One in 10 babies in the United States is born prematurely, before 37 weeks’ gestation, according to the March of Dimes. But thanks to advanced, lifesaving care, education and technology, even babies born very prematurely who would otherwise not survive outside of the womb, are more likely to survive today than ever before.
Emily and Nate Louden had four children ranging in age from 11 to 3. But it was their fifth child, Ezekiel, who delivered the biggest surprise. At the beginning of what appeared to be a normal pregnancy, Emily was given a due date of April 6, 2018.
On January 23, 2018, Emily found herself ill after caring for a sick husband and four sick little ones. With all the activity in the house, it didn’t register with her right away that she was also experiencing contractions, which can be alarming at only 29-weeks. She contacted her physician, Francis P. Esguerra, MD, Obstetrics & Gynecology, Women’s Health Advantage, and went to the hospital soon after.
An entirely new experience
On January 23, at 8 p.m. the winter sky was black, except for the lights illuminating Parkview Regional Medical Center (PRMC). The entrance to the Women’s & Children’s Family Birthing Center felt large and unfamiliar to them. With different sights, sounds and faces, the pair went in as prepared as they could be given the situation.
Already dilated to four centimeters, nurses and Dr. Esguerra, worked to stop the contractions with tocolytic medications in an effort to prevent potential health problems for both Emily and the baby. Since Emily was only 29 weeks into her pregnancy, she and Nate were concerned but felt a sense of comfort with the Parkview team. Ezekiel “Zeke” Louden – was born at 12:36 a.m. on January 24, 2018, weighing in at just 4 lbs.
The baby was taken to Parkview’s Neonatal Intensive Care Unit (NICU) under the care of Win Boon, MD, PPG – Neonatology. “Dr. Boon was on call and could not have been a more perfect, calming doctor to have in that situation. He was very informative and right off the bat we felt like everything was going to be fine and that Zeke would be taken care of. I had peace that he was going to be OK and that carried us through his time in the NICU. It’s almost unexplainable how peaceful I felt about it all,” Emily shared.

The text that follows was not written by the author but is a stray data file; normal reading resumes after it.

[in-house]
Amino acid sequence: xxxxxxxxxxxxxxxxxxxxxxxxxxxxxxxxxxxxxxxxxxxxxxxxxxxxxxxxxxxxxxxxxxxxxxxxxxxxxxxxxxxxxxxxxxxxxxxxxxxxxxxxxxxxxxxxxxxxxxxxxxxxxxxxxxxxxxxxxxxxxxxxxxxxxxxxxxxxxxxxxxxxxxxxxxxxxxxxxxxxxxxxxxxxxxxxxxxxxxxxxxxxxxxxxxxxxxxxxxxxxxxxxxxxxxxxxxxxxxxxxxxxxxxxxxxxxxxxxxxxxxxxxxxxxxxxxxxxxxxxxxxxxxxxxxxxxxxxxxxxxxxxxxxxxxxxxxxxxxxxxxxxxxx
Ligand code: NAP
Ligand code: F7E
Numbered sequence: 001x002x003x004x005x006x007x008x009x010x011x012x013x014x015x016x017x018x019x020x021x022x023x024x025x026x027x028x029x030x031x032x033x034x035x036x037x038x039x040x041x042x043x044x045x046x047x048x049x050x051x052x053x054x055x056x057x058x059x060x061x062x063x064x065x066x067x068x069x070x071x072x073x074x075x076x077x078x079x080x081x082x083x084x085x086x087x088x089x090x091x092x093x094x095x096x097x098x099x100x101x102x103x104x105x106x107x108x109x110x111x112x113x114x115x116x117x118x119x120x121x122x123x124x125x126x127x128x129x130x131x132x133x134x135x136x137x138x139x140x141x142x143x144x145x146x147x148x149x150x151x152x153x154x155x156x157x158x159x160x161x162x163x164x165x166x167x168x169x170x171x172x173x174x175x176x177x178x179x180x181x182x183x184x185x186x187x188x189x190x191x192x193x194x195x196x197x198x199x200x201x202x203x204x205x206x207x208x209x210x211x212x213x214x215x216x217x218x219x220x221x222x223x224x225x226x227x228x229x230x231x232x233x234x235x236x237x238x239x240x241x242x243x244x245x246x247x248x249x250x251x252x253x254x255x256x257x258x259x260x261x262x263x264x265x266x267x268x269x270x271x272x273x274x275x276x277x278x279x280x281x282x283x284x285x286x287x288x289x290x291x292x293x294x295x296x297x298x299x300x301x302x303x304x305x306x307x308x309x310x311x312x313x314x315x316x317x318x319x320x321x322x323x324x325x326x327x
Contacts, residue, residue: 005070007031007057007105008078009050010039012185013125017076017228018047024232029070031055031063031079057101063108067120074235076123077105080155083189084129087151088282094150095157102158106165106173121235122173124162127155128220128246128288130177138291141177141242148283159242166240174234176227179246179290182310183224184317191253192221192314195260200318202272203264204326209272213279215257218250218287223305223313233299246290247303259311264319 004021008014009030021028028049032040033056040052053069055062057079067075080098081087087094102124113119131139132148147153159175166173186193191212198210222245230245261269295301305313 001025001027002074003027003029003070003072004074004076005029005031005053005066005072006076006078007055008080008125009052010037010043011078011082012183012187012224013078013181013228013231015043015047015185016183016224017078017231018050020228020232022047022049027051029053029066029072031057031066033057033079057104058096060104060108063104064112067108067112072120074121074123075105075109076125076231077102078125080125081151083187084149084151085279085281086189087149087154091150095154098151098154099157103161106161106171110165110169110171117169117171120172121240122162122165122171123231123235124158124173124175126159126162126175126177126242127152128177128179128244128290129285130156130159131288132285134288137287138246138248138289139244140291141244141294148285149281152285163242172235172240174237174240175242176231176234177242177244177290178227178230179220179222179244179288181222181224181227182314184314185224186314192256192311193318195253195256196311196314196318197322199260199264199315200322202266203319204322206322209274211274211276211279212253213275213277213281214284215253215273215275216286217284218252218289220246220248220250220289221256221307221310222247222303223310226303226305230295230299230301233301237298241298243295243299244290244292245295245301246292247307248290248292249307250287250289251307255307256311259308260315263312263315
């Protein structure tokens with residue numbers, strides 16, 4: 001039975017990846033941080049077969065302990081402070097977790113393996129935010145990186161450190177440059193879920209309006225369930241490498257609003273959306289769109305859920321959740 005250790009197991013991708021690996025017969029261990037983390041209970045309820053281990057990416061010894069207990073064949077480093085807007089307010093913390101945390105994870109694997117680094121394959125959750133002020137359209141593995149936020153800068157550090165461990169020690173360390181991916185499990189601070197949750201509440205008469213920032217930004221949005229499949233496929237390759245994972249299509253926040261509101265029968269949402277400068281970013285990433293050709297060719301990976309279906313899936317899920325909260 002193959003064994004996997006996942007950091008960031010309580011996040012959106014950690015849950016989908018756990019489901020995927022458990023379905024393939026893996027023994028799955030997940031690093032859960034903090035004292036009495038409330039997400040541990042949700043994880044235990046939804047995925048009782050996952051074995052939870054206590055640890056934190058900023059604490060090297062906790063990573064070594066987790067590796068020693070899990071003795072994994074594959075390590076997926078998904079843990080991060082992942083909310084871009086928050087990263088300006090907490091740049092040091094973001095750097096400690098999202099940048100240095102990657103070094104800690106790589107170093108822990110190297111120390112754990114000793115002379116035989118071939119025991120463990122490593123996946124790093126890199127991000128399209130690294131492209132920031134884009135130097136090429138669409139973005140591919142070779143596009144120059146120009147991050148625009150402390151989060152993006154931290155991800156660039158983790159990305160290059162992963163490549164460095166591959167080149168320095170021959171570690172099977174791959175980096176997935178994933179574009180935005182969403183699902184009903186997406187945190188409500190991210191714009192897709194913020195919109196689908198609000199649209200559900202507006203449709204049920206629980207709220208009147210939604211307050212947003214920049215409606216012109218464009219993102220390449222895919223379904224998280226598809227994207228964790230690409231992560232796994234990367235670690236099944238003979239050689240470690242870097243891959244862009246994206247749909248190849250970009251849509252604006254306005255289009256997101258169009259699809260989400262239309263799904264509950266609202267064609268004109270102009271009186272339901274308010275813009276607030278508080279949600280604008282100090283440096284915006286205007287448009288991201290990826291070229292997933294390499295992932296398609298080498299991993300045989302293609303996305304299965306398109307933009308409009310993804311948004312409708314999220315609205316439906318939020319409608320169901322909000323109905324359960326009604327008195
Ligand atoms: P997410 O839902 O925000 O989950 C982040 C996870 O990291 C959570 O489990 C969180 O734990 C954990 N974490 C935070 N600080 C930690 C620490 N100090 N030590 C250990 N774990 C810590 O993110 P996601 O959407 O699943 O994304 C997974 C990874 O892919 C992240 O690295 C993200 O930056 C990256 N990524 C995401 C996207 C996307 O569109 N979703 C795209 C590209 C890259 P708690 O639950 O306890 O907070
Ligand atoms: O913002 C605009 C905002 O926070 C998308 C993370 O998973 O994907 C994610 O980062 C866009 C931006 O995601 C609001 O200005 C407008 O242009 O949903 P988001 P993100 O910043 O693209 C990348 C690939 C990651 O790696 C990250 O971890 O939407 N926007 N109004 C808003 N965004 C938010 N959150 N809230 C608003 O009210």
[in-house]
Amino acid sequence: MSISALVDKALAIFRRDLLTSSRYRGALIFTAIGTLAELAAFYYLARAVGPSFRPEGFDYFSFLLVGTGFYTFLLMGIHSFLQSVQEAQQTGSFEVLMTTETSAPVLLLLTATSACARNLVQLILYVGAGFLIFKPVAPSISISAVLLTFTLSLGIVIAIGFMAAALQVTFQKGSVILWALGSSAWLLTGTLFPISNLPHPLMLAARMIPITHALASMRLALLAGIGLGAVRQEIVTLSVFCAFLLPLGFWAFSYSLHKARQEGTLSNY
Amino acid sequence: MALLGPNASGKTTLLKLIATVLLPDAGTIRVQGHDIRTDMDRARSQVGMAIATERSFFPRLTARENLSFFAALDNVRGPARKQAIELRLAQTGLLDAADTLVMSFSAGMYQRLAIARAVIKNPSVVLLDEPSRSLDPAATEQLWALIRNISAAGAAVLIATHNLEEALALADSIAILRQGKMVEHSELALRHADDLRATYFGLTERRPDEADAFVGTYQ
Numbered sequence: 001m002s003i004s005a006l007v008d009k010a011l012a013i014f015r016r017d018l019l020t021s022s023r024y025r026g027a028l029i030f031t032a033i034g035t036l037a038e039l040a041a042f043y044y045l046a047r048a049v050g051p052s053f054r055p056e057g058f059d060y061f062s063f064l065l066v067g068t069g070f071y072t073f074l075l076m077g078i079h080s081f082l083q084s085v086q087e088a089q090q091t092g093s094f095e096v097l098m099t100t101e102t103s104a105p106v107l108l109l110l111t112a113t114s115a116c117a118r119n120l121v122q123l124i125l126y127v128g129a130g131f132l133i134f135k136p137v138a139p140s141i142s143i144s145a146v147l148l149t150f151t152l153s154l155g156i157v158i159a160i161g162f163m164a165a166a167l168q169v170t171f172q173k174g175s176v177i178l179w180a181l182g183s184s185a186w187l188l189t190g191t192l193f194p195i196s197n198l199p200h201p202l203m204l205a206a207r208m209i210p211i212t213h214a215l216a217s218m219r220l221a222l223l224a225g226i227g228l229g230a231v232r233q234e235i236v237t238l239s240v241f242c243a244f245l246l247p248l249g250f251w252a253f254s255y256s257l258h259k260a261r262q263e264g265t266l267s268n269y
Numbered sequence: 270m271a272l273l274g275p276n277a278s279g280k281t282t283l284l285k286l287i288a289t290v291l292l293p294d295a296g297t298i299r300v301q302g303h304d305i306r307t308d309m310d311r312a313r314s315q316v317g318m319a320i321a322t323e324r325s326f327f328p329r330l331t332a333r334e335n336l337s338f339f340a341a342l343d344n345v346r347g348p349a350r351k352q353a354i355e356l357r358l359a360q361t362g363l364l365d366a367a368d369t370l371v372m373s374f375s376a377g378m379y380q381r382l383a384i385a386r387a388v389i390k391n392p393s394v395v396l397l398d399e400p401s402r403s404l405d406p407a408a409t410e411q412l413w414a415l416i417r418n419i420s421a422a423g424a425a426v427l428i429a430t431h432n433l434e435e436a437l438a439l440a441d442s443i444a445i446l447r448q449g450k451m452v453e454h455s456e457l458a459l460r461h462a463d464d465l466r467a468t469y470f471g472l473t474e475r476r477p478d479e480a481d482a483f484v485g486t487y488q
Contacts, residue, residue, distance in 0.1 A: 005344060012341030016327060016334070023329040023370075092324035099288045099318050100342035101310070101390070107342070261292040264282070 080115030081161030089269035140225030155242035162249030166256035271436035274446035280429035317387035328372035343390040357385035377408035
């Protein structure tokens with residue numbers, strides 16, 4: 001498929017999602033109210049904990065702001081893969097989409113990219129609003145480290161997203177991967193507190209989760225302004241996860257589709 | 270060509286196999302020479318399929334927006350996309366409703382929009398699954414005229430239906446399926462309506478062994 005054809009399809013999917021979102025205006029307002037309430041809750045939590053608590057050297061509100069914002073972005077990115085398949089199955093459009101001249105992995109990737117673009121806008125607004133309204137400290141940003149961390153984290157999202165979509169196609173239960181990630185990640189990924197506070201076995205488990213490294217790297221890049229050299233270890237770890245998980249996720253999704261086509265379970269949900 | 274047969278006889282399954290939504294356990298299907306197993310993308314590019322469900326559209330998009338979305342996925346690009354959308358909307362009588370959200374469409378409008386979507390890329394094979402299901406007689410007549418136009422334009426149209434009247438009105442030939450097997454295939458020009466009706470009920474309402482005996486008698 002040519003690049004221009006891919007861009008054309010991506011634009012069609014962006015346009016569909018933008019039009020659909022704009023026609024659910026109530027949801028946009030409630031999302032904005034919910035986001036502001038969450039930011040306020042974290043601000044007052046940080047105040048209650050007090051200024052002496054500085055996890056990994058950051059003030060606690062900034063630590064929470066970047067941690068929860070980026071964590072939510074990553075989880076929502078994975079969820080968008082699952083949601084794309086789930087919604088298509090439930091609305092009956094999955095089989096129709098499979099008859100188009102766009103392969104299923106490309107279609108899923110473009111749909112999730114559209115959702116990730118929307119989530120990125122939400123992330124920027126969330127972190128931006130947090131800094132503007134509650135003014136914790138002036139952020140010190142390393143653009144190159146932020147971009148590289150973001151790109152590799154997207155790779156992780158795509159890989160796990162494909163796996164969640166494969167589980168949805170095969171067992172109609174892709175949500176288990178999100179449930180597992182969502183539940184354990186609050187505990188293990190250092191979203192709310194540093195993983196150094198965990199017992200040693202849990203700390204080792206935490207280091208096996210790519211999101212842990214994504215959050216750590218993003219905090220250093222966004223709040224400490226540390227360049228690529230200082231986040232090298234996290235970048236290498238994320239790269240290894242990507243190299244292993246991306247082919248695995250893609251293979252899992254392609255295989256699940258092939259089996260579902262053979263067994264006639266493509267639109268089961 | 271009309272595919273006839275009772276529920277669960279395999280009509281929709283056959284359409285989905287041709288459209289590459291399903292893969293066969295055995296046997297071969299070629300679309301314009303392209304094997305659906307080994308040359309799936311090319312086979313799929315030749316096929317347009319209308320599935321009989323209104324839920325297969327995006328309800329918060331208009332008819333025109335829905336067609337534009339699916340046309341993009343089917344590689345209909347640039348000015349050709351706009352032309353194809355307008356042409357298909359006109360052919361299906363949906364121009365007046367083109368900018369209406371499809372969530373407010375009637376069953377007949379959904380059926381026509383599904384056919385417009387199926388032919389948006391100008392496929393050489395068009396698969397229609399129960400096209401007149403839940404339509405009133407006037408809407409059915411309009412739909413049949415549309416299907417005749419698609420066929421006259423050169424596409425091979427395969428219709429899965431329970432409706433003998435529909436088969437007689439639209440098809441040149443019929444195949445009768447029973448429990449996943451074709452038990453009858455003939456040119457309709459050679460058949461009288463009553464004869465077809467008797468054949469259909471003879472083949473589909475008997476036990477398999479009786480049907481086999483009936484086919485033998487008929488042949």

Worst fear and greatest love
After a few hours later, Emily was able to go see Zeke in the NICU with her husband, Nate. The doting parents didn’t get to hold him for six days, which was another new, and heart-breaking, experience for the Loudens.
It’s all unfamiliar to parents – the bright lights, the continuous beeping of machines disrupted with the generated tone of alarms, the rhythmic hum of the ventilator supplying oxygen. This is NICU, where a parent’s worst fears and greatest love coexist in the same place.
The rooms hold restless parents and incubators cradling the most fragile of human life. The hallways are mostly silent, punctuated only by the muffled voices of nurses, therapists and physicians, and cries so small they are hardly audible.
The Louden family was told that Zeke would need to stay in the NICU at least until his original April due date. While they lived close, they experienced a great deal of stress around the logistics of both caring for their other children and being there for Zeke.